Thursday, June 21, 2007

Getting pumped for Taiwan...

So, I had a dream the other night that I was on a bus going to the temple. It was packed, and it was on a dirt road so it was really bumpy. Everyone was talking in Chinese and English, and there was a chicken on the bus too. I guess that's some weird stereotype of the Chinese public transportation system. Everything made me really excited to be going. Then I saw my ex-girlfriend on the bus, which was really weird. The dream ended, but the feeling carried over.

Current pre-departure emotions: Excited, with a slight chance of nervousness.

Tuesday, June 19, 2007


So, i went golfing with my dad today. My grandpa, who just moved to a rest home in Salt Lake, tagged along for the ride. It was really hilly so the golfcart ride was hella fun. I think I may have scared my grandpa a little bit. Highlights include: hitting the ball straight a number of times, and this really cute girl who was working there, who I should have stopped to flirt with.

Sunday, June 17, 2007

Aiki Summer Camp

So, back in the day, summer camp was really fun, right? Hanging out with people your own age for a couple of days, making mischief, learning new stuff. Lots of fun, but like many fun things, must pass away with childhood.

Psych! Not with Aikido! It's even better because this time around, alcohol is allowed!

A week in California doing Aikido, meeting new people, and having a generally great time is basically the best vacation I could think of. I left Utah with two other guys, Nick and Nate, from the dojo here in Utah. We didn't know each other that well before, in fact, I thought that Nick didn't like me much, but we loaded up his hatchback with Aikido crap and headed for Reno last saturday. There, we camped out at a Motel 6, and met two other people from Utah Aikikai who were also driving. We at at one of those ridiculously large casino-buffet restaurants which serve every kind of food, every nationality, and like sixteen different desserts. Then we went gambling. I lost about ten bucks. Five on a single hand of blackjack, and the other five split between DDR and the slot machines.

We went back to the hotel after that and bought a six-pack, and a bottle of Baileys to play cards with. There were five of us, so our original plan to play spades didn't work, since noone except me remembered how to play spades anyway. So instead, I taught everyone the game shithead. Apparently, everyone really liked the game, because we played at least four games every single night during the week.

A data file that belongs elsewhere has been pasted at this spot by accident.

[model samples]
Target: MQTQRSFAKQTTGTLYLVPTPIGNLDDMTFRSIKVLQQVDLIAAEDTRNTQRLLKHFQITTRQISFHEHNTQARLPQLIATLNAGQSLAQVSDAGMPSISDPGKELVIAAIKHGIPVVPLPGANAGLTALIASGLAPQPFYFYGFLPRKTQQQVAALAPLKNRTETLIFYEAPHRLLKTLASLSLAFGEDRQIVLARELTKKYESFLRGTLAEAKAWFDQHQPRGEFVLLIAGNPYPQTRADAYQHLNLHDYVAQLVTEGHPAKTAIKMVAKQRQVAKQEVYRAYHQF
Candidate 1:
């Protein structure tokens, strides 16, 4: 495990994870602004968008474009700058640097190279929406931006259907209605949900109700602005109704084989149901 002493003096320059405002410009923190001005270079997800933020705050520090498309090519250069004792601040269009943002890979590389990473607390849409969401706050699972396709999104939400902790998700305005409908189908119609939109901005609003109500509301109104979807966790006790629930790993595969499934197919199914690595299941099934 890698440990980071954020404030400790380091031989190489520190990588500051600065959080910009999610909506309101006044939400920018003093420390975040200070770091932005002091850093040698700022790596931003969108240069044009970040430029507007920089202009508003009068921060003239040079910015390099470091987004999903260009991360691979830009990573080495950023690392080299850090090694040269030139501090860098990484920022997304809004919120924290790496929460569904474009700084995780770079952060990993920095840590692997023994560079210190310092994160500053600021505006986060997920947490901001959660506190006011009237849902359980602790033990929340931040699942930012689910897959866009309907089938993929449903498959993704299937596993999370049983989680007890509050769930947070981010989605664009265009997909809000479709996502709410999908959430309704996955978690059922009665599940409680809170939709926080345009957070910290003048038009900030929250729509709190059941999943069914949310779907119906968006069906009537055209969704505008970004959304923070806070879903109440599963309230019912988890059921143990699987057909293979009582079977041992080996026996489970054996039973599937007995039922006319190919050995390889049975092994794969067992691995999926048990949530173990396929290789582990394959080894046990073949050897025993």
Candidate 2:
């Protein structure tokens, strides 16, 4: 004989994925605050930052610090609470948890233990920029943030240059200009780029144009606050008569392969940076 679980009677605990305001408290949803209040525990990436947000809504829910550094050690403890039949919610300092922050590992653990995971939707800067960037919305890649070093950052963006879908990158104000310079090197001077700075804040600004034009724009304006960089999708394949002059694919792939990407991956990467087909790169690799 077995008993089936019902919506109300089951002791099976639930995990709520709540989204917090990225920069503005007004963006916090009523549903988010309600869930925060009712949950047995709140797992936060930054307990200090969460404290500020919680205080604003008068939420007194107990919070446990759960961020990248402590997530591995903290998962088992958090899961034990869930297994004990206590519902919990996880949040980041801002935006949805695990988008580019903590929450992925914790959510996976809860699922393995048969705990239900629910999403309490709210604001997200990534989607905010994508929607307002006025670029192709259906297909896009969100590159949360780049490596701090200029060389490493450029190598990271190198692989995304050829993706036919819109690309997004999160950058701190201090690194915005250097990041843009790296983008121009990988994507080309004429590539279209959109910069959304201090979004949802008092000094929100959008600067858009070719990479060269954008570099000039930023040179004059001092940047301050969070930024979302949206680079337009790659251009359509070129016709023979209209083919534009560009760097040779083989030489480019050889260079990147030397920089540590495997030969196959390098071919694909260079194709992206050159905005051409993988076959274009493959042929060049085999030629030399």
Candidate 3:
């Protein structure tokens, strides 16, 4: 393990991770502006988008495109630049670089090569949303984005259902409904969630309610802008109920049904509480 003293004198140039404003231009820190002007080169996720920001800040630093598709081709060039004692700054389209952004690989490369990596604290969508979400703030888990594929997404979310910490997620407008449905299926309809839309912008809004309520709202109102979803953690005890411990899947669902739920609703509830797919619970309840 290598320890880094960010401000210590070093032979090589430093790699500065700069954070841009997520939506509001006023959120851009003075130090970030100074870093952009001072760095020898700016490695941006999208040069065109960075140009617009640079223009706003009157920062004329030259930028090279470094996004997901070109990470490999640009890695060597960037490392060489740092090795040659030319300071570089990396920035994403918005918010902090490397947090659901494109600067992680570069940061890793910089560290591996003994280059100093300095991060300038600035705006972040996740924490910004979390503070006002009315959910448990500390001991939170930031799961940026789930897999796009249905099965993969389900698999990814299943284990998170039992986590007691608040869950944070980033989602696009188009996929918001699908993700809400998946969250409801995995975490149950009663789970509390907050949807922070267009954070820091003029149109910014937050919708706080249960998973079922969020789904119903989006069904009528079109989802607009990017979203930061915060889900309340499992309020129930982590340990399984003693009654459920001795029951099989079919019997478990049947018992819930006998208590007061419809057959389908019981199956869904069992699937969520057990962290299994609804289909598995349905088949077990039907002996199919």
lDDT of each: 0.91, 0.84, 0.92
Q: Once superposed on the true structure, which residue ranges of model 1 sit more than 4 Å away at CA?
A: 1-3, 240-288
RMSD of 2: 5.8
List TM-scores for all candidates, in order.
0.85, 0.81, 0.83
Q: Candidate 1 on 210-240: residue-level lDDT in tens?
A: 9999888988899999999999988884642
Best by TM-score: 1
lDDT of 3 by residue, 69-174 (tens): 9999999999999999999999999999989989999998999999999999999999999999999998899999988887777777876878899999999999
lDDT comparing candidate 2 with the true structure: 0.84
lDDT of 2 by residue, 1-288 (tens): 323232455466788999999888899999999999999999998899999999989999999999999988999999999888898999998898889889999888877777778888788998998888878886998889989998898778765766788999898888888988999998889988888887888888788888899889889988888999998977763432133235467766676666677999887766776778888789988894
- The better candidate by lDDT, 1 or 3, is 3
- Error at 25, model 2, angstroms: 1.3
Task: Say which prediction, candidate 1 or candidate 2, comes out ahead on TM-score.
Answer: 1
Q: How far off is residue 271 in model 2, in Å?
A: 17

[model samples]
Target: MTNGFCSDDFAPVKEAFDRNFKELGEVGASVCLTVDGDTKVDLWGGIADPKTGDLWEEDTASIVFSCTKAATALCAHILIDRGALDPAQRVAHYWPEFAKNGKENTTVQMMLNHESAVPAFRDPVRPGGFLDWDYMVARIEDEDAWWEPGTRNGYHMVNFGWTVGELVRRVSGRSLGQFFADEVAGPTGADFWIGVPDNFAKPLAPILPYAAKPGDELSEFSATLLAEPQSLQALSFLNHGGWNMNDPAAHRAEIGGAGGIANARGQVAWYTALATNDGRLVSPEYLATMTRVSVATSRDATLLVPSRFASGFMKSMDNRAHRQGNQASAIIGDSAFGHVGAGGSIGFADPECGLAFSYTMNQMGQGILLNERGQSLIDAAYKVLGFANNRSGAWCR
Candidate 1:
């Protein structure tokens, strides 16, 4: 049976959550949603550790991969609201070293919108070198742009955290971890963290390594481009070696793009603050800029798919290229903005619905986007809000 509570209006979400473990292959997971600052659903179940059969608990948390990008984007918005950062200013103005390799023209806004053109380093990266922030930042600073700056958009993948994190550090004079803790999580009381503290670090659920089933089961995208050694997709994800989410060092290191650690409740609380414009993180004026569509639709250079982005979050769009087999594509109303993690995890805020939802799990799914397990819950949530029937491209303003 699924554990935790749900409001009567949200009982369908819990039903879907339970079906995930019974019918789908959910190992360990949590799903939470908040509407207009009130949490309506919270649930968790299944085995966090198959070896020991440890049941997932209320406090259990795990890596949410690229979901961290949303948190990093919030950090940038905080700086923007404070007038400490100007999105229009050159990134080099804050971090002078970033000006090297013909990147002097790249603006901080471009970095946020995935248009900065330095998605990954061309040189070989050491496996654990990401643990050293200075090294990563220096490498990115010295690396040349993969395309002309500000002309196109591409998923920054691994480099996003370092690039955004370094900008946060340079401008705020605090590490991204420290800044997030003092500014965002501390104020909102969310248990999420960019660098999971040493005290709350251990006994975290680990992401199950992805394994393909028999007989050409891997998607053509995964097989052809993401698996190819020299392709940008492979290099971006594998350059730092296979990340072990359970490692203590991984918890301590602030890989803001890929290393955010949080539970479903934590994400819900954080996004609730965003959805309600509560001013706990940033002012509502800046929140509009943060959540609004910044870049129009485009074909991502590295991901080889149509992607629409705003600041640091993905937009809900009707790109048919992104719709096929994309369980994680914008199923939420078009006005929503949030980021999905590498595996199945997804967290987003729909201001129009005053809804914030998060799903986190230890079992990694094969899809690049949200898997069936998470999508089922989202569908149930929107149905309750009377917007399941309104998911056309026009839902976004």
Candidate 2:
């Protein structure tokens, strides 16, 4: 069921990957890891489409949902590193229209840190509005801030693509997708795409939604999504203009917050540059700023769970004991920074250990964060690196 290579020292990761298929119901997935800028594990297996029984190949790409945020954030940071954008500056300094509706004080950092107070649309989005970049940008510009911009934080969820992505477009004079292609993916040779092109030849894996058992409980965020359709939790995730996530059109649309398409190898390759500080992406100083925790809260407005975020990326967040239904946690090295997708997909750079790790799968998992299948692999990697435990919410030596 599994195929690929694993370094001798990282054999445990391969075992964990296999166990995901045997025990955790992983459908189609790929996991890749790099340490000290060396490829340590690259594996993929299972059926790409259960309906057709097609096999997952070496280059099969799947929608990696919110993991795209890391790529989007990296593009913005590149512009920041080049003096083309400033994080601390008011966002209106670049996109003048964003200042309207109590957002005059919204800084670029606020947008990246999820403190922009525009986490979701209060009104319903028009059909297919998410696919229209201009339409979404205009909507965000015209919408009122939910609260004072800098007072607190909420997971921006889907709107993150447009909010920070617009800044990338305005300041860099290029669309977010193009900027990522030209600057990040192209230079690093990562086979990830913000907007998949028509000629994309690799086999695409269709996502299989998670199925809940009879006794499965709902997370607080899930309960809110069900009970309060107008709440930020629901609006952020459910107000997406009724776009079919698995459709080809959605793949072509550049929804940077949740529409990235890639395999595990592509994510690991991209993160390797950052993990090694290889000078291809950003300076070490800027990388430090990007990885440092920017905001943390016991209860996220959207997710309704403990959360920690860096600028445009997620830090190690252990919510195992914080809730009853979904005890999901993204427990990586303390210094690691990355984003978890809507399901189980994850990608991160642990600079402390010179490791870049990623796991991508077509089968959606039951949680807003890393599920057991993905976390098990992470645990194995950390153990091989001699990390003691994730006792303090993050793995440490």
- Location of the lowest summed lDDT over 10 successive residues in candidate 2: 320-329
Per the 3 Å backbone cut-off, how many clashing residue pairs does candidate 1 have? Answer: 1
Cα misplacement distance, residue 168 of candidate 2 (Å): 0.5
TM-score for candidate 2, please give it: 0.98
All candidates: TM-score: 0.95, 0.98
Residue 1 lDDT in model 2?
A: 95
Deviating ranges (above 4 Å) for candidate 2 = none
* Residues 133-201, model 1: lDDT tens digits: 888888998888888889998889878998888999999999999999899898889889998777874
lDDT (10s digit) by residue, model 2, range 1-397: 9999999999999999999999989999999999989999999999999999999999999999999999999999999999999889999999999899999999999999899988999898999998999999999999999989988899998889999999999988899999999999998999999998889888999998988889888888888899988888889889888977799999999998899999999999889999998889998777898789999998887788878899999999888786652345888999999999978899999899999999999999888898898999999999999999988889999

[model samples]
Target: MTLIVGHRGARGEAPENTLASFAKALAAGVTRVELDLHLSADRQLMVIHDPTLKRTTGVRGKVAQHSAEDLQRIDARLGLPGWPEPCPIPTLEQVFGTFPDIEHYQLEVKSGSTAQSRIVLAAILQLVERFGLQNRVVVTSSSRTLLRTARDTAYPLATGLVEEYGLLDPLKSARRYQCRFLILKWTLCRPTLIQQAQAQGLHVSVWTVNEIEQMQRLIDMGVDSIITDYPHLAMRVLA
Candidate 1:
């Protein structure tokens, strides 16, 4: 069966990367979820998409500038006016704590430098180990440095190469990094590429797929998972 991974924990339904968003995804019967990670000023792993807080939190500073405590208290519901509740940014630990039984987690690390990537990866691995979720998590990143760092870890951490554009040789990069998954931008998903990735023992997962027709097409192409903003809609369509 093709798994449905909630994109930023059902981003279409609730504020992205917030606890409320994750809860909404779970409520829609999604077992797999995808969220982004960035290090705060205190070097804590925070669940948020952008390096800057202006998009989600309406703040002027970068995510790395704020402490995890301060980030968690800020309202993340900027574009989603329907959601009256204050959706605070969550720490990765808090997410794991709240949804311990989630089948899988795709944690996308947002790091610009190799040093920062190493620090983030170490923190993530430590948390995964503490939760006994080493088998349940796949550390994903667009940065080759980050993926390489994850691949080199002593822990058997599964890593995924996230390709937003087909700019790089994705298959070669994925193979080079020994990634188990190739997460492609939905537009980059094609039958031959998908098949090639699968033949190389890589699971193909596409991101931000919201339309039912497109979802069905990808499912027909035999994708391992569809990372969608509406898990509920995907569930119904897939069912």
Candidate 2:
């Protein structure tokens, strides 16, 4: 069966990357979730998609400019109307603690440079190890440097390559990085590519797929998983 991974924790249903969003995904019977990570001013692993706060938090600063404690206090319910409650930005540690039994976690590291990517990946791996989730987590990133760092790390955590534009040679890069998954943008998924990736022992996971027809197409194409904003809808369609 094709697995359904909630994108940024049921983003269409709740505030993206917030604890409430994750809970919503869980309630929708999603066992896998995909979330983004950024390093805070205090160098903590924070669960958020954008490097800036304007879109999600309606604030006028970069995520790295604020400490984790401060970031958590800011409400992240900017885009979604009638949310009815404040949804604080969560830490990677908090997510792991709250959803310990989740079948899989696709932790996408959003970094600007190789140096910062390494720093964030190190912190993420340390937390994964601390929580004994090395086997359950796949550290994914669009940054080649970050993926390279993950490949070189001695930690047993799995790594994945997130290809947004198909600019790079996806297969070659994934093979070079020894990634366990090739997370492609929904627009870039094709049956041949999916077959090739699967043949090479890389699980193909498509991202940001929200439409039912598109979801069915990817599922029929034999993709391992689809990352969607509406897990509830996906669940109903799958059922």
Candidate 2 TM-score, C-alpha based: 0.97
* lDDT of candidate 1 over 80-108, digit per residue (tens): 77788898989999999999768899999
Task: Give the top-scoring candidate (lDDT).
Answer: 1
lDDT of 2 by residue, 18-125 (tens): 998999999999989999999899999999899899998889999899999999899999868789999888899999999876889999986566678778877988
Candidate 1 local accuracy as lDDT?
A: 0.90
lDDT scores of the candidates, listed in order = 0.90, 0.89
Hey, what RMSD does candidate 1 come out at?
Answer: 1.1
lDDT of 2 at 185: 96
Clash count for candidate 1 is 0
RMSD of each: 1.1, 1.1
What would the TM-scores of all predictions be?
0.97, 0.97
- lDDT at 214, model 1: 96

The next day, Sunday, we got to California and checked into our dorm rooms about mid-day. I was supposed to have a roommate, but he (Ernie) didn't show up until about Tuesday, and turned out to be splitting his time with some other guy. So, that was a little akward dealing with them. Otherwise, our accommodations were pretty decent. It was hosted at a college, which was nice because everyone lived together, and everything was really close.

There were four main teachers at this seminar. I had seen Ikeda Sensei and Heiny Sensei before at Oberlin and elsewhere, but I had never seen Nadeau Sensei or Doran Sensei before, who are more in the west coast Aikido circles.

I think my most memorable training experiences from this camp were in Heiny Sensei's classes. Partly because I knew her best, but partly because, despite being an older woman, generally had the most vigorous classes. I took some ukemi for her (read: was called up to attack her, and be on the receiving end of the technique) on the first day, and it was really awesome. She really sent me flying, and so I think it made people impressed with her ability, but I also got a lot of compliments for my own skill at ukemi. I work on that a lot in Aikido, so it was nice that people took notice, and consequentially I got to work with a bunch of higher ranking people who may not have trained with me otherwise.

I got to work with a lot of really remarkable women at the seminar. I spent one morning class with Doran sensei working with Yukiko Hara, who is a really funny Japanese woman. Also a sixth degree black belt, so she kicked my butt pretty good. Another time during class I worked with this woman named Jane, and we just did a bunch of stuff from the same attack for like twenty minutes and it was awesome. We were able to really get to know each other's Aikido, and on top of that, I think that Ikeda sensei was watching us go at it from the sidelines, which was kind of cool. Later in the week, I worked with one woman who, after we were done, said "that was yummy." Kinda weird. Kinda funny. Kinda kinky. Of all the people I trained with, the women at the camp really stick out.

Other memorable experiences on the mat include my first taste of responsibility for being a black belt. I was working with a beginner, and was reprimanded by one of the senior instructors, Nadeau Sensei for giving the beginner a weak attack which didn't have anything real to work with. He said that as "a belt" I was responsible for helping students that I am working with find good technique. He then proceeded to throw me on the floor, really hard, and I still have a bruise from it.